Some people have asked why we "waste" time talking about things that fall to the less severe end of the spectrum.  Well, we certainly don't see it as a waste because we believe it necessary to send the message that we do not tolerate abuse in any form or at any level.  Unfortunately, we often become numb to less severe behaviors because it's so "normal" in our culture to put people down, or catcall someone, or yell at someone during an argument.  People who perform violent acts usually don't start off immediately doing things on the extreme end of things.  They usually start off with less severe behaviors and become more harmful and more abusive over time because they get the message that they can "get away with" the lesser behaviors.  Yes, we do everything we can to help the victims of severe forms of abuse, but we also want to do everything we can to prevent future victims of abuse by creating a culture that is intolerant to abuse in all forms!

"Affection should never be sought after as an end in itself, because this does violence to a person." --Bruce Monson, Speaking of Kissing, New Era, June 2001

So how is NCMO abuse?  From a gospel perspective, our body and our spirit together make up our soul.  So when we trivialize the body of another person--use their body and our own body to experience empty physical gratification--we are damaging souls.  Unfortunately, many people have casual attitudes about passionate kissing and the effects it has on both parties involved.  Even though a NCMO is consensual, the individuals are participating in an activity that God created and sanctioned to bring two people closer together--to provide emotional connection and to express deep love, respect, and affection--for the complete opposite purpose He intended.

"So partly in answer to why such seriousness, we answer that one toying with the God-given and satanically coveted body of another, toys with the very soul of that individual...In trivializing the soul of another (please include the word body there), we trivialize the Atonement that saved that soul and guaranteed its continued existence."--Elder Holland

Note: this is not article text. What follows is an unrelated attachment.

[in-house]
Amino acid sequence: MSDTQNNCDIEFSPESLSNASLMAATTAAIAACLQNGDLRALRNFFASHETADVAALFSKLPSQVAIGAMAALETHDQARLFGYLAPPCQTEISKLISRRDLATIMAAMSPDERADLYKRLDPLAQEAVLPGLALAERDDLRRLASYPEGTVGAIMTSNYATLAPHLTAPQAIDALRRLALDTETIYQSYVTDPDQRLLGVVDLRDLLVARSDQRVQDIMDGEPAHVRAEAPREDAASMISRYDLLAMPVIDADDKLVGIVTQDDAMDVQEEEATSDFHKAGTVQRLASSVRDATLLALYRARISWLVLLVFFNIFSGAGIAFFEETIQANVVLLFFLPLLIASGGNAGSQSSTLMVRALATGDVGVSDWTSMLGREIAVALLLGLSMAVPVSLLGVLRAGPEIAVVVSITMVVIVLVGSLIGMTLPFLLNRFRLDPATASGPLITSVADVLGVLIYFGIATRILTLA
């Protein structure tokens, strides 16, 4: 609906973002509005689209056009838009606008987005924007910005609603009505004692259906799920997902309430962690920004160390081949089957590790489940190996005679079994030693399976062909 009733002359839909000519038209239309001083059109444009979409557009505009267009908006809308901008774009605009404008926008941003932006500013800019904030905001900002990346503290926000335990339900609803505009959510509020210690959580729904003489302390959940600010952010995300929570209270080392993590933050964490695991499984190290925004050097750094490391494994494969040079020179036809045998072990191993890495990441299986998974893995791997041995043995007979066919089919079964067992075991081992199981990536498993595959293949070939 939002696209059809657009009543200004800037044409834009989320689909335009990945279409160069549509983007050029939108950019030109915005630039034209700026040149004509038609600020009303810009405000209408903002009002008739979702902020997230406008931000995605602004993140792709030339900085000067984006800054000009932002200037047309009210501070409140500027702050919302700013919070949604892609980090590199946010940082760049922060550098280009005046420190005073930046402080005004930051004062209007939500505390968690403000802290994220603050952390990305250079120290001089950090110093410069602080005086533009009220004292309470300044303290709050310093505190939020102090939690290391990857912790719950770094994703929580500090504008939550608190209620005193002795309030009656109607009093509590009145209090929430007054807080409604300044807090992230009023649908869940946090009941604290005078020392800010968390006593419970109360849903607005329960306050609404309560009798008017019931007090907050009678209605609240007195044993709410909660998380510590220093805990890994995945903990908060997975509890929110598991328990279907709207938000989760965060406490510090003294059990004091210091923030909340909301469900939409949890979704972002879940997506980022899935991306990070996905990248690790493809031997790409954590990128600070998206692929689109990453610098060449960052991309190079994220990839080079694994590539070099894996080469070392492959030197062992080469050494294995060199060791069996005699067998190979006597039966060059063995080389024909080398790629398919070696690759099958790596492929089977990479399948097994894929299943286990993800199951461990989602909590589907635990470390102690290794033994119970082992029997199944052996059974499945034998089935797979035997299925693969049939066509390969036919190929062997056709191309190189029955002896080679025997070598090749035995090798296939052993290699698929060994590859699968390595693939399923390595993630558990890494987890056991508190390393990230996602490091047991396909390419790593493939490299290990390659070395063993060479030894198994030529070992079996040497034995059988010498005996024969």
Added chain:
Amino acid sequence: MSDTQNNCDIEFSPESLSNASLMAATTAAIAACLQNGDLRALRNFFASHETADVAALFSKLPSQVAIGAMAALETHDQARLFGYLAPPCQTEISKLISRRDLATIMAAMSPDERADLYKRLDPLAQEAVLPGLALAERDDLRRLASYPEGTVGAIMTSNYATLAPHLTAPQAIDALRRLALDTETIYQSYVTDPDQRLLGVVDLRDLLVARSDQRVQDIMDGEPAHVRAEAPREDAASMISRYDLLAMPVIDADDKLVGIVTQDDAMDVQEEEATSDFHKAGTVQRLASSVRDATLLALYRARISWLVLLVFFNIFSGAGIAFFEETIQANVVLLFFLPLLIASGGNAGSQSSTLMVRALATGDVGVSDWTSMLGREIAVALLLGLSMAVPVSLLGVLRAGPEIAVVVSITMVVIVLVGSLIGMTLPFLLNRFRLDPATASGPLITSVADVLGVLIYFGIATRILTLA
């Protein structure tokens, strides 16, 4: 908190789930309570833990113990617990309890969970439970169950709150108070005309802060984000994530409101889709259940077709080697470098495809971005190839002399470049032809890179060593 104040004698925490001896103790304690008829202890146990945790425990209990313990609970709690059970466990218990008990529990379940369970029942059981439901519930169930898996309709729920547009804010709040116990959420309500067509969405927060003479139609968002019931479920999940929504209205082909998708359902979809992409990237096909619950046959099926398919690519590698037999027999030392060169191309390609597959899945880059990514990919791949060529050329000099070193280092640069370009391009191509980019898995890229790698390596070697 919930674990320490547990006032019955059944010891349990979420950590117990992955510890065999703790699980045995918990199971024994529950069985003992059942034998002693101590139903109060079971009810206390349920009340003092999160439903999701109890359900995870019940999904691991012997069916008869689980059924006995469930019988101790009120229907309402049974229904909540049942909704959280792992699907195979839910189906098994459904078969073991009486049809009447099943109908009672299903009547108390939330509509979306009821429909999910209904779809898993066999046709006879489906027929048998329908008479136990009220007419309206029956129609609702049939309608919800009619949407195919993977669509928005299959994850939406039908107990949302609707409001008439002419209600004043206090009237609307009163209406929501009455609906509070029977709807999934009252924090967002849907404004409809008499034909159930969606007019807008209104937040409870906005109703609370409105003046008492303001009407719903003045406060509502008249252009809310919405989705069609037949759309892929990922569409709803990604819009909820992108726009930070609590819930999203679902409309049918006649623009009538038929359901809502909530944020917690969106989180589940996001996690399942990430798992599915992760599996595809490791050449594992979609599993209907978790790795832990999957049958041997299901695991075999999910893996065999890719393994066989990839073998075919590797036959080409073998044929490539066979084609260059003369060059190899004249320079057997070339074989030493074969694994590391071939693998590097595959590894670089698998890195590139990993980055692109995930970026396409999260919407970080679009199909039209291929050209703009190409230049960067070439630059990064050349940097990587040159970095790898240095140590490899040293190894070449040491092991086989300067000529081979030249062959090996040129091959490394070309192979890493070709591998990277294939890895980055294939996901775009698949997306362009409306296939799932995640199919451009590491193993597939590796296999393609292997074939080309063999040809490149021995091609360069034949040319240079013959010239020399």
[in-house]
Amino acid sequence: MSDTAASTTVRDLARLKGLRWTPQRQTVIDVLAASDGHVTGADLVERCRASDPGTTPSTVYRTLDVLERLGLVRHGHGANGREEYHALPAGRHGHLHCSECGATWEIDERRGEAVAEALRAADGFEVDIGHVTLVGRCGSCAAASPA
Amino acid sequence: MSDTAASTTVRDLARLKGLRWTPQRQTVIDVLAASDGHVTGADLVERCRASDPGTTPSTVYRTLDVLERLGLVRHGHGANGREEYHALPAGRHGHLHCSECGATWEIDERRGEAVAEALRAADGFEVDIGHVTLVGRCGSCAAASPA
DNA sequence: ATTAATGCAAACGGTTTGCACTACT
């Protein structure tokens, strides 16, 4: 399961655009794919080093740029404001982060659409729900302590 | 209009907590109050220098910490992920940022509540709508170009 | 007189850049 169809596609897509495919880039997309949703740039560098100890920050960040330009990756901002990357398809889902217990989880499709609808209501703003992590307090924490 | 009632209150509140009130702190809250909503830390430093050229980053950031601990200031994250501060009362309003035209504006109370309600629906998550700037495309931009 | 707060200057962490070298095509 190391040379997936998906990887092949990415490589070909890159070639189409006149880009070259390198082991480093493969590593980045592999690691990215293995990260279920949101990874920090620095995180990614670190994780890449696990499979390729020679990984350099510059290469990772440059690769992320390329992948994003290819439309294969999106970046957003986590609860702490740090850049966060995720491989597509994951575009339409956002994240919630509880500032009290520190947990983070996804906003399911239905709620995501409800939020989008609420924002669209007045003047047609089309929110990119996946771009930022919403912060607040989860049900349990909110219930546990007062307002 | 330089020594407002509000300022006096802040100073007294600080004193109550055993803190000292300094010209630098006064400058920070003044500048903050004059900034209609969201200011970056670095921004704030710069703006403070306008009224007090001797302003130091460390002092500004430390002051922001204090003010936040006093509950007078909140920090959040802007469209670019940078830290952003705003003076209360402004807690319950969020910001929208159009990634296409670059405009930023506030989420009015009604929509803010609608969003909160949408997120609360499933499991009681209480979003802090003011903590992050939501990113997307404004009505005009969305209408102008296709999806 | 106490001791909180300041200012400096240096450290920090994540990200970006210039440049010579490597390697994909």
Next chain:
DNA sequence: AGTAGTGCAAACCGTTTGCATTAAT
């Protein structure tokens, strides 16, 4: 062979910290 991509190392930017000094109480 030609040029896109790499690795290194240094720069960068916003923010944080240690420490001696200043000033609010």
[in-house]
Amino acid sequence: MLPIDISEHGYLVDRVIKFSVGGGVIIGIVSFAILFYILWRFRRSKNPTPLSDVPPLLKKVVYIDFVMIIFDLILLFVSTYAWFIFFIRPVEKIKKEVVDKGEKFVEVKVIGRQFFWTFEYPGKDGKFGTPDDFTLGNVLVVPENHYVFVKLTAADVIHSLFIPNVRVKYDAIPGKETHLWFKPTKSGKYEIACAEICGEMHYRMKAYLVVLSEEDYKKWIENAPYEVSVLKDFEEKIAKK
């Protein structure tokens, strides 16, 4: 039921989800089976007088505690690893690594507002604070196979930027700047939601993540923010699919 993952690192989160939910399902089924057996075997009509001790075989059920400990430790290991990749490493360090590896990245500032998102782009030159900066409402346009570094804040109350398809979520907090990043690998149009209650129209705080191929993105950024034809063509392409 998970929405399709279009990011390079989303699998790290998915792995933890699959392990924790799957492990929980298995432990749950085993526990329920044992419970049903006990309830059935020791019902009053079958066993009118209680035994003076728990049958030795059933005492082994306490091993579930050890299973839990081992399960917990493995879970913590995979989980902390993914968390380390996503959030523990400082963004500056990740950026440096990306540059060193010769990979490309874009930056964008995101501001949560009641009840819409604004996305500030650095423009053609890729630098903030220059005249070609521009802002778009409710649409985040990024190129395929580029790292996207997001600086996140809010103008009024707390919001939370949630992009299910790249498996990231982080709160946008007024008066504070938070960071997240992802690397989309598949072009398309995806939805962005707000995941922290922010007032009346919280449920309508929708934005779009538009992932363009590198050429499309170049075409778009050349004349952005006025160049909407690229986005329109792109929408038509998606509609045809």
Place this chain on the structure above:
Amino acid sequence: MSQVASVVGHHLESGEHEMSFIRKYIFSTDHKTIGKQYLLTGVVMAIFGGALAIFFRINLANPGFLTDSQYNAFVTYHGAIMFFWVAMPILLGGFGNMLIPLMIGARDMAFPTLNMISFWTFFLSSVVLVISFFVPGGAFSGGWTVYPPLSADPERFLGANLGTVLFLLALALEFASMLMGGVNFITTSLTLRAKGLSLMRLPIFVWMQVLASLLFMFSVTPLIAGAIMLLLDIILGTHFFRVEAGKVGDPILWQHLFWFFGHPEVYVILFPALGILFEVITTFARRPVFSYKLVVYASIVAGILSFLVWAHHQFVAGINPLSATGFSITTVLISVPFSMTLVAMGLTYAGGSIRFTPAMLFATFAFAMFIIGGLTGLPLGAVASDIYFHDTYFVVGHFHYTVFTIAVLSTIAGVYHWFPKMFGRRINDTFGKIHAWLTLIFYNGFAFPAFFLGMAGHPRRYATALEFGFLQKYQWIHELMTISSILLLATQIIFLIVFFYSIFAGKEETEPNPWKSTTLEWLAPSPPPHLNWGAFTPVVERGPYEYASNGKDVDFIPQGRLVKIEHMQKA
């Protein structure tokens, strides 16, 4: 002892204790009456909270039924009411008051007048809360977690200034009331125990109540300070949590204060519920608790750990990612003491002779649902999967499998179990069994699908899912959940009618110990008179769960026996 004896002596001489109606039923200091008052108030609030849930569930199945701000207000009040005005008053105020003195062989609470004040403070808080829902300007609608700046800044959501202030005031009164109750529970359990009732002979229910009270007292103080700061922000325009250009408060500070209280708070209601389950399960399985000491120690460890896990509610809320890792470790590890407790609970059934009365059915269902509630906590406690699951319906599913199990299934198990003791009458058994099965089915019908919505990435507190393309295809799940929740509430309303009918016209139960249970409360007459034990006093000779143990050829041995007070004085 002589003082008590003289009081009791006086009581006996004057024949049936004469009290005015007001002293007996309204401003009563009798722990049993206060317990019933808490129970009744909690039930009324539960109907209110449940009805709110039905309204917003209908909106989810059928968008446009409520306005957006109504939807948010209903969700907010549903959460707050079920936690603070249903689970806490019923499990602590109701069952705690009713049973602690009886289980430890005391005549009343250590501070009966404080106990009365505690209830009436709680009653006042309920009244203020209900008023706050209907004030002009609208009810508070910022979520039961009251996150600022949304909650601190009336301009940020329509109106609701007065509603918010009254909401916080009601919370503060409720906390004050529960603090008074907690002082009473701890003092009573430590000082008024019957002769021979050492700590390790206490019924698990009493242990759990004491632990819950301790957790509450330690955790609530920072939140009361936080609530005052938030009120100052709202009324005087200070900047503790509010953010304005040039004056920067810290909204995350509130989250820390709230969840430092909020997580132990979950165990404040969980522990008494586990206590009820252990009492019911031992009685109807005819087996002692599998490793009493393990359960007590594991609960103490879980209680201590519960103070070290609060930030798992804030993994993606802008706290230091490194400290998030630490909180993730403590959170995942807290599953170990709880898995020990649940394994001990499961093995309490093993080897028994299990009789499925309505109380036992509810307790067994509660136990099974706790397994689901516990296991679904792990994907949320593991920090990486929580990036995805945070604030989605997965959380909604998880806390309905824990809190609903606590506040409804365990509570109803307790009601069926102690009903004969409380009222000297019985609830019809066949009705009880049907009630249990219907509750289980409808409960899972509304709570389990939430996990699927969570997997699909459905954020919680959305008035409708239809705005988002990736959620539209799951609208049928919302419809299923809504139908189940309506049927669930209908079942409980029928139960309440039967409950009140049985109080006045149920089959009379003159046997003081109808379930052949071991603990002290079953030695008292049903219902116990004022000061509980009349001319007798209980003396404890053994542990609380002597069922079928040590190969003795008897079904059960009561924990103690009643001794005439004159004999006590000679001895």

2) You can do things physically (like making out) without prompting emotional/spiritual reactions.

"...we know the subtle but real connection between the physical and the spiritual. Fortunately, our spirits are affected not just negatively but positively by what we do to our bodies."--John S. Tanner, Ensign, July 1993   

First, see the previous paragraph regarding the doctrine of the soul.  Second, this statement suggests that we are somehow able to disconnect our physical bodies from our spirits when doing something physically gratifying (like making out).  But, do we really want to participate in an activity that requires us to compartmentalize ourselves--to attempt to sever the sacred connection between the body and the spirit that make up our soul--to engage in any activity, regardless of how physically satisfying it is?

"Spirit and element, inseparately connected, receive a fullness of joy (D&C 93:33)." 

Isn't it our eternal goal to return to the presence of our Heavenly Father and be resurrected so that our soul--our body and spirit together--can be reunited?  So, why such casual attitudes about deliberate attempts to compartmentalize, to temporarily break apart, these two parts of our eternal selves?

"Fragmentation enables its users to counterfeit intimacy. If we relate to each other in fragments, at best we miss full relationships. At worst, we manipulate and exploit others for our gratification."--Elder Holland

There was once a man who spent his life separating his soul, deliberately committing sins that tore his spirit and body apart.  With each soul-splitting sin, he became less and less connected to his humanity.  Eventually, he became incapable of real love because he had fragmented himself so severely.  His physical appearance even began to change to reflect the damage inflicted within.  He became one of the emptiest, most inhuman figures in literary history.  What if our appearance on the outside reflected the damage done on the inside if we continually attempt to break apart that which our Savior died to eternally unite?  Even if we can't see it, the damage to our spirits will echo for many years to come.